But this is particularly true of "Geisha" because Golden's novel begins with a translator's note from a fictional NYU professor, a conceit that was perhaps most famously used by Vladimir Nabokov, who had a character named John Ray, Jr., Ph.D., write a foreword to "Lolita."
This multilayered level of artifice functions in the case of "Geisha" as a "Western-receiving consciousness," Golden says.
It is not culture alone that Golden has transcended, but also religion and sex.
He mentions that his great-great-grandfather was Isaac Mayer Wise, founder of Reform Judaism. He gets slightly agitated, pumping his arms a bit up and down as if to contain his anger, when he notes the recent comments by Iran's new president Mahmoud Ahmadinejad that the Holocaust is a "myth" and that Israel should be moved to Europe or destroyed.
But he doesn't seem overly upset. He adds with a bit too much gentility "we feel a certain way because we are human beings, not because we are Jews."
He points out that his newspaper kin, like Arthur Hays Sulzberger, who published The New York Times during World War II, had to maintain objectivity as newspapermen, rather than promote the cause of any one ethnic or religious group. Many critics have denounced such "objectivity" as an excuse for towing the line of the Roosevelt administration during the Holocaust. Yet, historically, German Jews have always attempted to straddle two worlds, the world of the non-Jewish establishment and the world of the Jews, just as Golden has straddled the world of an American male and a geisha in writing his book, which was a bestseller when it was published in 1998.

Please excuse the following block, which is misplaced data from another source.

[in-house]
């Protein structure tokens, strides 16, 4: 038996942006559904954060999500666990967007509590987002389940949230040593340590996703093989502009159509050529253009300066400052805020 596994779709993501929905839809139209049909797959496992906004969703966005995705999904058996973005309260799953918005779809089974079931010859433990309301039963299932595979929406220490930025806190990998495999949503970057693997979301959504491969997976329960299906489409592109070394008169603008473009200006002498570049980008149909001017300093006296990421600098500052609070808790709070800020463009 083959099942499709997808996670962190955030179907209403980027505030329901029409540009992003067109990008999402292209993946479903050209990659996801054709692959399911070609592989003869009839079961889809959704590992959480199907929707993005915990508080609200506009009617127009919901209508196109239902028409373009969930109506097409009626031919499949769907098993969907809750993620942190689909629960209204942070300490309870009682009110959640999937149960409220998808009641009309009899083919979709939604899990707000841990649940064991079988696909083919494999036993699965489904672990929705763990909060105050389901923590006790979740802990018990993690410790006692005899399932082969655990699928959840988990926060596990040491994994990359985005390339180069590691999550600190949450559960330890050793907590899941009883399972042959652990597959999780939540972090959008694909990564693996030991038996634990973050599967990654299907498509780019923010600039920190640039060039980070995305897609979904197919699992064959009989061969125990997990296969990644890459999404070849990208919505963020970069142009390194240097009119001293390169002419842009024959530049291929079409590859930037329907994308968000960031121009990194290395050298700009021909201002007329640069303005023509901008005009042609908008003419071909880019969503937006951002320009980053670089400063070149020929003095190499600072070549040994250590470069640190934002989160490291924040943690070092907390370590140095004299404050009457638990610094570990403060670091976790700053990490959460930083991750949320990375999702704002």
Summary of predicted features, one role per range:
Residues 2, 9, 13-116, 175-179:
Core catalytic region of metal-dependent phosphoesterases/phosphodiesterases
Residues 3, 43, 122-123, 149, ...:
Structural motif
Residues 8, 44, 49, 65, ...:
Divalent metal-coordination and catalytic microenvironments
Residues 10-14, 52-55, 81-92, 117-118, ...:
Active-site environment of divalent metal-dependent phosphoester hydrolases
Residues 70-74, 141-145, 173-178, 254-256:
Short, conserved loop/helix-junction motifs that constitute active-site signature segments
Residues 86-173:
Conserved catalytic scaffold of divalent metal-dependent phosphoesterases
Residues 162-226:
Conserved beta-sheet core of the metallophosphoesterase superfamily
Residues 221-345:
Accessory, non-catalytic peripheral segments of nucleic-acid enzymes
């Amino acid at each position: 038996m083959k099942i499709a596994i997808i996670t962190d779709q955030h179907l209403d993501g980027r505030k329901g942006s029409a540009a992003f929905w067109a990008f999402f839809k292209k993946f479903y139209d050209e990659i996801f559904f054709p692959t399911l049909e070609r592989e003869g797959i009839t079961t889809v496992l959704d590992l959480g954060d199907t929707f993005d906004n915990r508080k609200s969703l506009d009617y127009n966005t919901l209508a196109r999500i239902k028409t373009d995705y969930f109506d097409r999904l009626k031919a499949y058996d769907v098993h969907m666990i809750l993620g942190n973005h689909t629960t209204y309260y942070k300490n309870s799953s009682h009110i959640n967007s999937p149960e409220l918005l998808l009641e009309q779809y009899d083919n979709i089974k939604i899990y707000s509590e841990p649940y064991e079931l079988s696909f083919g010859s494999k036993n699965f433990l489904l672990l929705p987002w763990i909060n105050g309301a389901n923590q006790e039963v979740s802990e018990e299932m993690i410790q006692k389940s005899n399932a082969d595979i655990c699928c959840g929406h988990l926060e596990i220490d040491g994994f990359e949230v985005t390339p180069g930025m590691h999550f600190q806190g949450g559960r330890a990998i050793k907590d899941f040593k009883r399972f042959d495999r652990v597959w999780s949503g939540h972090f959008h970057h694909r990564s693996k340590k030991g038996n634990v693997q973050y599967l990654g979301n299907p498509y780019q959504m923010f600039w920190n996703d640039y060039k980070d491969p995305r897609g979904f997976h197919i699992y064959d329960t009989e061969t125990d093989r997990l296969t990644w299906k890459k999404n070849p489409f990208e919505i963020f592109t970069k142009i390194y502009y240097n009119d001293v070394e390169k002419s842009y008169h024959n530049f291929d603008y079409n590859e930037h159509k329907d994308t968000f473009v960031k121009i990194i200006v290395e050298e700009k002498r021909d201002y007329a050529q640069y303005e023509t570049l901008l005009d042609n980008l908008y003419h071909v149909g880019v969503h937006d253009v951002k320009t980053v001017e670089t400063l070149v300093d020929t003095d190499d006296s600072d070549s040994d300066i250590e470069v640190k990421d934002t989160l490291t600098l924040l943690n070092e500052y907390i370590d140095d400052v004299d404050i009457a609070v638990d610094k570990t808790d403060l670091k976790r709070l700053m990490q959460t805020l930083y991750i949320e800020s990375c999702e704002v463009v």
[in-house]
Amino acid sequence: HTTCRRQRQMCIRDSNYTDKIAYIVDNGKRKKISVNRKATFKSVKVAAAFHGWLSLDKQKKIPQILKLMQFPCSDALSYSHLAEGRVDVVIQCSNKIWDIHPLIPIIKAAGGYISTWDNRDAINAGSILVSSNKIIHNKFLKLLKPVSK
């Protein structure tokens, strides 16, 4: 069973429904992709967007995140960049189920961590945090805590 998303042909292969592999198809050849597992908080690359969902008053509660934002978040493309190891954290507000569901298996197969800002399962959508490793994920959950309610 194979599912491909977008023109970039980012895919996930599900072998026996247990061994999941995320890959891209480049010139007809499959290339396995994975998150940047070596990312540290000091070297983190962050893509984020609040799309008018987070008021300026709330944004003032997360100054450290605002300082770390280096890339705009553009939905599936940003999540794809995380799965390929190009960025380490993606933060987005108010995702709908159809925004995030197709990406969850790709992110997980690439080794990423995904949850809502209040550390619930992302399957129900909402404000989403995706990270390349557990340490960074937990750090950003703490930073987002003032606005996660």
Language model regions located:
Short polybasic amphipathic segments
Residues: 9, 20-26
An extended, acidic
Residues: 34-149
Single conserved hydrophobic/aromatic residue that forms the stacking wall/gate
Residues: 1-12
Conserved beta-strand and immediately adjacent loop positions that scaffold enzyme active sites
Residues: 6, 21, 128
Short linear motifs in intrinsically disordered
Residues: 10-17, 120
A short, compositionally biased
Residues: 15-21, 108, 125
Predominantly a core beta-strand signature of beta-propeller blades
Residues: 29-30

Golden admits he struggled with writing from the point of view of a woman.
He spent a great deal of time interviewing a famous geisha, who later sued him for revealing her name in his acknowledgments. That suit was settled out of court. But the access he had to her gave him great insight into that hidden world.
Golden began by writing in the third person, for the same reason most writers do, to achieve a kind of distance from his subject. In fact, he wrote the book twice in the third person until he realized that he had "spent six years writing something that was boring." He says that his book made the rounds and that he could not find a publisher.
"I was very scared to impersonate a woman," Golden says.
But Golden realized that he was writing about "one woman at one moment at one time. I'm not writing about all women. It's not like walking a tight rope but rather like being in a canoe and keeping it between banks."